Since its introduction in 2003, it has increased from $80,000 to $181,000 – an average of 5% per year over the past 17 years. If this trend continues, that means someone in his 30s today will need to have a minimum sum of $563,000 in his CPF Retirement account!
Due to rising cost of living, Singaporeans of my generation might need to have over half a million dollars saved up eventually.
This projected Retirement Sum amount is required to fund your retirement years from 60 to 84 years. Those are years where you are potentially income-less.
Like it or not, Singaporeans have one of the longest life spans on earth. Currently, that span is 84.8 years.
You need to ask yourself: once you are 60 years old, how much would you need monthly for your daily living expenses?
Assuming you need $2,500 per month for a comfortable retirement, that means you need $30,000 per year, or $720,000 over 24 years!
That is a huge amount for just one person – you have to double this if you are a couple!
So even the estimated $563,000 in your CPF Retirement Account might not be sufficient.
But what if you had a fully paid property by the time you are 60, would it be an adequate source of income to last until you reach 84 years old?
Cash Out: Unlocking the Equity within
This is because, at the age of 60 years old is likely when you should cash out and downgrade your property to release the equity locked within your property.
Assuming you are willing to downgrade to a 3-room flat worth $350,000, then downgrading from a bigger HDB flat can potentially unlock $150,000-$180,000 for your retirement.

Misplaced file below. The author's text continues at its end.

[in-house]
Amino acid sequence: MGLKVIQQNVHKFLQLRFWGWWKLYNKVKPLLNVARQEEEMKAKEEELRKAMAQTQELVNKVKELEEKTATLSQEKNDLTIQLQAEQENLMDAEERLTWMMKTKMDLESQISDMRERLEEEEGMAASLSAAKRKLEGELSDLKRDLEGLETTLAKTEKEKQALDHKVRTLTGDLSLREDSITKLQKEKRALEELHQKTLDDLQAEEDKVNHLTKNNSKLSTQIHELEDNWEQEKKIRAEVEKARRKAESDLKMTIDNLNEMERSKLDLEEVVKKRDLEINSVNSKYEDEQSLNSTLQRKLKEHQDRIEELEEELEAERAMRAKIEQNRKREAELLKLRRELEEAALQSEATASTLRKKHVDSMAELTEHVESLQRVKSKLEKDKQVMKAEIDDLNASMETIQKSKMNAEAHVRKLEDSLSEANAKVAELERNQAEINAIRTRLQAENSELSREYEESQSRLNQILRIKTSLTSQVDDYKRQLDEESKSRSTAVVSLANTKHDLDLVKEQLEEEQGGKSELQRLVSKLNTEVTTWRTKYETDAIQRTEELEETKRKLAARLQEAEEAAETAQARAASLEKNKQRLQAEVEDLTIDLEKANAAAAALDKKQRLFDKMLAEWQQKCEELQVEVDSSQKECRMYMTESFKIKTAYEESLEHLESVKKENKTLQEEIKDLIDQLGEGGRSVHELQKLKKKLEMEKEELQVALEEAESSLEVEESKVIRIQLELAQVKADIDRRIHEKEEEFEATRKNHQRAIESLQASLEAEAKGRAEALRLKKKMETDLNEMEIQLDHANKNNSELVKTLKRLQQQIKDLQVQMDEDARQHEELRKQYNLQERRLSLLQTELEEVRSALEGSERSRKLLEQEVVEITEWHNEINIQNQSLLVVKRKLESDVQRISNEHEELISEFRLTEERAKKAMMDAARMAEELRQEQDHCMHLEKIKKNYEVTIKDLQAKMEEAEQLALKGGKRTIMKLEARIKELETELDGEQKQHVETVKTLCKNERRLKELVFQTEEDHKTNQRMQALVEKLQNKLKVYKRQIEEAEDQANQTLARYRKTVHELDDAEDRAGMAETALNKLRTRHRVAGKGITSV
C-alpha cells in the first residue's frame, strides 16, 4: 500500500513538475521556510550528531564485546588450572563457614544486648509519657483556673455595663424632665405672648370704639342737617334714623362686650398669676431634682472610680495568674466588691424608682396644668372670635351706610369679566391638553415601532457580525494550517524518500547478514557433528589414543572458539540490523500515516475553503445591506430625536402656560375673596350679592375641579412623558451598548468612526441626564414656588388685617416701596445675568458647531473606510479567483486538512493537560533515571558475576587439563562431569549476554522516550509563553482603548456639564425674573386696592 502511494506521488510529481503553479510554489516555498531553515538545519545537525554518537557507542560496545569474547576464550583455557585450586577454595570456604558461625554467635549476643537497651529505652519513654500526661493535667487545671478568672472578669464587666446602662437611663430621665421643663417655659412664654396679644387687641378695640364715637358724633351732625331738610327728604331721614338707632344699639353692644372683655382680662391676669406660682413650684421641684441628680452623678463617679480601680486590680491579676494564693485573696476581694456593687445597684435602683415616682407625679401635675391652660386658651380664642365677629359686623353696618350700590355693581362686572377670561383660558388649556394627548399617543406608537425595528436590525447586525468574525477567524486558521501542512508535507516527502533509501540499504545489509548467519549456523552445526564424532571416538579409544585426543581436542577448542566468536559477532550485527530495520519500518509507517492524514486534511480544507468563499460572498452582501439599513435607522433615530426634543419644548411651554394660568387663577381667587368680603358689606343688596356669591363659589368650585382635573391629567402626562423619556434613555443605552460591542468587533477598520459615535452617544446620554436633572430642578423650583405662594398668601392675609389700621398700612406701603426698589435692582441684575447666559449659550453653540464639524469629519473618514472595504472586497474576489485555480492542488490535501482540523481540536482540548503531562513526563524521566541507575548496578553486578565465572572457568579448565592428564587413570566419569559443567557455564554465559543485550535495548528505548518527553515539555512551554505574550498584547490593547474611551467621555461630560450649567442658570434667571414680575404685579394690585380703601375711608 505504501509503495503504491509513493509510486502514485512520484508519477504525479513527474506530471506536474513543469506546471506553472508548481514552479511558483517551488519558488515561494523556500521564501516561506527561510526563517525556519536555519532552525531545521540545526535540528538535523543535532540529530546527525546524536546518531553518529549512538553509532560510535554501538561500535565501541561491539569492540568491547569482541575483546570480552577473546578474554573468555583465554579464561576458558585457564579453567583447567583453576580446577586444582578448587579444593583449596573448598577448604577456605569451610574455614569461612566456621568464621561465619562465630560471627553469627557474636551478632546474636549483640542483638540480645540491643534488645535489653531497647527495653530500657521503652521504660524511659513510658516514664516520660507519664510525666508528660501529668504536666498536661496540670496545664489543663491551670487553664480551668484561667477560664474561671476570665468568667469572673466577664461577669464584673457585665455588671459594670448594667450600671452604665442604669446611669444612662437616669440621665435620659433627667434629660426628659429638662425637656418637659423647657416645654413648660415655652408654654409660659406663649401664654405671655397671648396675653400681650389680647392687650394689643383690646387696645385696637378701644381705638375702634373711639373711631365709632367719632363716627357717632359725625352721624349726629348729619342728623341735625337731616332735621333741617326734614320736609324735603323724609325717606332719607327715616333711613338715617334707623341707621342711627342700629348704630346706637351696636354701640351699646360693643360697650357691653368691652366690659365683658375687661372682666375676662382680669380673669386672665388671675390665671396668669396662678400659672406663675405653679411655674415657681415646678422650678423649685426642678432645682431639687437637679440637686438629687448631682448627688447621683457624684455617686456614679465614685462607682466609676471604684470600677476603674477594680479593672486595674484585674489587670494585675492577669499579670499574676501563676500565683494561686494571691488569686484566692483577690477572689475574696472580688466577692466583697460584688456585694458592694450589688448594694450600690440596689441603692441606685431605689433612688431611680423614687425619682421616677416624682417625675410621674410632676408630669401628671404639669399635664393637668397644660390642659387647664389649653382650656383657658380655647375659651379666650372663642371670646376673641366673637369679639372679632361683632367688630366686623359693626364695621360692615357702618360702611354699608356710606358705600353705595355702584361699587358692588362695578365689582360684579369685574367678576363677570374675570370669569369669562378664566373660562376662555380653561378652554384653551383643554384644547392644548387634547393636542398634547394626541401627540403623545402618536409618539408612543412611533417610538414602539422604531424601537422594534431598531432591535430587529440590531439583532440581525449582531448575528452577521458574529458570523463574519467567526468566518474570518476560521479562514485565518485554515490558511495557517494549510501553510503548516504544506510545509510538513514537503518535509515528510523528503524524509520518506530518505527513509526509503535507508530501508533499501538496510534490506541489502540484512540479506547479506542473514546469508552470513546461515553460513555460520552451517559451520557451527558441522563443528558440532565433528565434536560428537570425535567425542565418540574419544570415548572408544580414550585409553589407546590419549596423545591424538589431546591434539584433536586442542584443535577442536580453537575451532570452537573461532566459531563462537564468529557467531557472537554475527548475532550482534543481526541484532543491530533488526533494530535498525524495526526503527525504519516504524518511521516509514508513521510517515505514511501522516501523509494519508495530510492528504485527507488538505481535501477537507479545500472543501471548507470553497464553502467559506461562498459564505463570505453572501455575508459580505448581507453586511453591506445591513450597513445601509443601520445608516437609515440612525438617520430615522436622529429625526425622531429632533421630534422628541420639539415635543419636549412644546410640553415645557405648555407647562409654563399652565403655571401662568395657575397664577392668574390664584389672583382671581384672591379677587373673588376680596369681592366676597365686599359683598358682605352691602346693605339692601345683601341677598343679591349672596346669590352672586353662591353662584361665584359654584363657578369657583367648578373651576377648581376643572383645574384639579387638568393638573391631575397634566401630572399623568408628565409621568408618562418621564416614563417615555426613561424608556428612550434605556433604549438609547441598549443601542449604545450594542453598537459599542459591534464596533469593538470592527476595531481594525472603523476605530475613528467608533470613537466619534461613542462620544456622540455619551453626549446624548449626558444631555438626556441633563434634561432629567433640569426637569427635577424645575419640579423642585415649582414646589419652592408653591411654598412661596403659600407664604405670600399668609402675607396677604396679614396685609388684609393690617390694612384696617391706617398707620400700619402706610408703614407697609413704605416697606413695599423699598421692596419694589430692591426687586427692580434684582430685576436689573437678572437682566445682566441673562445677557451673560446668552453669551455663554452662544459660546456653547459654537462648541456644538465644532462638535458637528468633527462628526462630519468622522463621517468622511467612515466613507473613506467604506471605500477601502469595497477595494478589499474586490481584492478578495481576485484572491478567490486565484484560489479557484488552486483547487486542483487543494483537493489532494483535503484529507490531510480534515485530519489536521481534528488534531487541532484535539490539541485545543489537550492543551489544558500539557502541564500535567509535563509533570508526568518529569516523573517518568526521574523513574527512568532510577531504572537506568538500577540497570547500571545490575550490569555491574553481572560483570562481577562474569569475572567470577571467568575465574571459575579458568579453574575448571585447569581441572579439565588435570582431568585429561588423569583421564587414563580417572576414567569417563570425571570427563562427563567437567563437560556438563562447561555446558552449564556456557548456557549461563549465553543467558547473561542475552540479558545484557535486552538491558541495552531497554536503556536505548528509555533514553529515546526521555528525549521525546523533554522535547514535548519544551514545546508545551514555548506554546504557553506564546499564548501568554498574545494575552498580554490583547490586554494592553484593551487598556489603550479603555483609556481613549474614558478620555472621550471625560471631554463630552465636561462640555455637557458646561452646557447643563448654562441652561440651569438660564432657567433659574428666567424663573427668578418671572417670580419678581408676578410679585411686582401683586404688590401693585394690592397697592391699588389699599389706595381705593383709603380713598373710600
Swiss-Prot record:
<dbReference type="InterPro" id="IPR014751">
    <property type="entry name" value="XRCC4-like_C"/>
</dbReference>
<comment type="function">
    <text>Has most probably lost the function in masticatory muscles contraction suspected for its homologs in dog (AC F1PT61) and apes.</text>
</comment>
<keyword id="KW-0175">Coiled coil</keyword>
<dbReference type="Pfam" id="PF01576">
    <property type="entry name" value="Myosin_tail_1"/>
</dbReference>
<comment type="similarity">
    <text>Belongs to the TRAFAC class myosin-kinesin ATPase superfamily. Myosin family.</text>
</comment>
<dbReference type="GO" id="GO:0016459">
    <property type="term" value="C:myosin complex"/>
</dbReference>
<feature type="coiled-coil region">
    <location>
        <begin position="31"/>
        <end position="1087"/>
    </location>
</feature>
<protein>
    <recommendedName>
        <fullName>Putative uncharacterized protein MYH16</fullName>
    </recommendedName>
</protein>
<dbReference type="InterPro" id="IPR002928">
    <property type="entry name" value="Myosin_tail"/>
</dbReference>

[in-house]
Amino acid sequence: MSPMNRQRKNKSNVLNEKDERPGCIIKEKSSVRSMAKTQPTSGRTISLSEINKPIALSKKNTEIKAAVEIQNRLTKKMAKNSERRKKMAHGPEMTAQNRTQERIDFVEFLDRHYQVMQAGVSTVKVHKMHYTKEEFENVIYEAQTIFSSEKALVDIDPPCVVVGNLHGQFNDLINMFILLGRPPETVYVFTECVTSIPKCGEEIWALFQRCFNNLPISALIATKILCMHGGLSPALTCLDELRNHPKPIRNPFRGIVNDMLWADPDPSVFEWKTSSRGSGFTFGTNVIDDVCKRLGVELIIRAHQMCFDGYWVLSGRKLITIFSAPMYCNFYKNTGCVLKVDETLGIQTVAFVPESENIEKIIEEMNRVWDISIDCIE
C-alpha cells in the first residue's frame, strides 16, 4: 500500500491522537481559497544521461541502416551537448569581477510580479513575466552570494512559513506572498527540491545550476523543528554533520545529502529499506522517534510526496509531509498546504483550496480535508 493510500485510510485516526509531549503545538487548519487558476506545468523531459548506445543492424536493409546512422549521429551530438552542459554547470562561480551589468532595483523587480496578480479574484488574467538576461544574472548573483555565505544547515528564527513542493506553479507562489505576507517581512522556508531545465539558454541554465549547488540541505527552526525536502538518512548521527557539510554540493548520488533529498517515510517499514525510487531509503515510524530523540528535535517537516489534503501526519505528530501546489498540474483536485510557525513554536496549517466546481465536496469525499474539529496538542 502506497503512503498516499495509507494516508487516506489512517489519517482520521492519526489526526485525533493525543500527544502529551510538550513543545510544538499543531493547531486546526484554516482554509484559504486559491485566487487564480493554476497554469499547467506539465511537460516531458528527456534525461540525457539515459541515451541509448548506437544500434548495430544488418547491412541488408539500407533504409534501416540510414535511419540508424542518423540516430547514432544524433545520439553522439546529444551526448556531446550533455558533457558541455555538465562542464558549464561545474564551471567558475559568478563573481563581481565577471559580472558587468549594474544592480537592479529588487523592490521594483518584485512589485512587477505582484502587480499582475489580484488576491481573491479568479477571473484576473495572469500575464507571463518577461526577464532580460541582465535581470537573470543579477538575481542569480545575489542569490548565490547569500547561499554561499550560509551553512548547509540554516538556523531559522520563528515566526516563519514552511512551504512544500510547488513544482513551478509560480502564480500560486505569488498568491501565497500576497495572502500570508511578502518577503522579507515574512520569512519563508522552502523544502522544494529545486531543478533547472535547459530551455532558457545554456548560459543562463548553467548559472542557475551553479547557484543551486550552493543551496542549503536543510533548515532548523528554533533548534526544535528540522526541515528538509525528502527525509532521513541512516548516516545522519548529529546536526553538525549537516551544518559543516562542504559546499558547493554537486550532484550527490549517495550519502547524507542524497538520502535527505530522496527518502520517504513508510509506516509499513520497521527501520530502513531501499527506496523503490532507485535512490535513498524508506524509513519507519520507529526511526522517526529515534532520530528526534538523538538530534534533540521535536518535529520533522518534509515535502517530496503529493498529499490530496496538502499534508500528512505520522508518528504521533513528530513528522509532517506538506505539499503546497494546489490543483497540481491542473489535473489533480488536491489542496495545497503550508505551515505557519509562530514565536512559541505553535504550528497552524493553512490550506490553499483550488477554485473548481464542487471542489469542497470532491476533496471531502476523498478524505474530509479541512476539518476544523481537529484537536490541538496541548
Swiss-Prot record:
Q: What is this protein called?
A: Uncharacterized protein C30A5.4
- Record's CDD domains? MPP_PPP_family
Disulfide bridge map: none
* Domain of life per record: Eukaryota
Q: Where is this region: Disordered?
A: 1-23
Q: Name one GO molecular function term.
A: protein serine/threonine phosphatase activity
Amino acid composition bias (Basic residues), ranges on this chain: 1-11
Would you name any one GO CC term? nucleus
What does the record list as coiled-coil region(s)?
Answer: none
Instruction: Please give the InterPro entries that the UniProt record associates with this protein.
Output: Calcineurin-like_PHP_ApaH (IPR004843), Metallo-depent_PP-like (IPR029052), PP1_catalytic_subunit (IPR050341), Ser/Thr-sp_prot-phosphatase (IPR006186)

This may sound like a lot, but remember from our calculations above, you are likely going to need $30,000 per year to live comfortably. This means that you will only have enough for 6 years!
The situation is a lot better if you can downgrade from an Executive Condo or Private Condo. In fact, utilising this strategy at today’s prices could potentially unlock $650,000 or $1,650,000, respectively.
This would mean that you would have 22 to 55 years of comfortable retirement income.
The only caveat, of course, is that you have to ensure that your property is fully paid by 60 years old, so that you can cash out fully.
Remember that at the end of the day, it is not about what kind of property we first start of with. much the value of your properties can increase, but rather, how much you end up with when you reach 60 years old.
In summary, it is important to note that with retirement planning, it is not how you start, but how you end. It does not matter what you own now, but rather how you go about cashing out in the most optimal way when the time comes.
Only then will you be able to give yourself the best chance to supplement your CPF savings by having a second source of retirement income. This is your endgame.
- HDB Resale Price Index (https://www.hdb.gov.sg/cs/infoweb/doc/resale-price-index-chart & www.data.gov.sg)
- Retirement sum increment because of inflation Straits Times. (15 November, 2019). (https://www.straitstimes.com/singapore/manpower/cpf-basic-retirement-sum-should-be-regularly-adjusted-so-payouts-keep-pace-with)
- Singaporeans have world’s longest life expectancy at 84.8 years. Straits Times. (20 June, 2019). https://www.straitstimes.com/singapore/health/singapore-tops-in-life-expectancy-at-848-years
- Retirement Sum Scheme CPF (https://www.cpf.gov.sg/Members/Schemes/schemes/retirement/retirement-sum-scheme)
- Forward Flat Rate Inflation Calculator (www.calculator.net)
- Simei Green & Bayshore price chart prices (www.squarefoot.com.sg)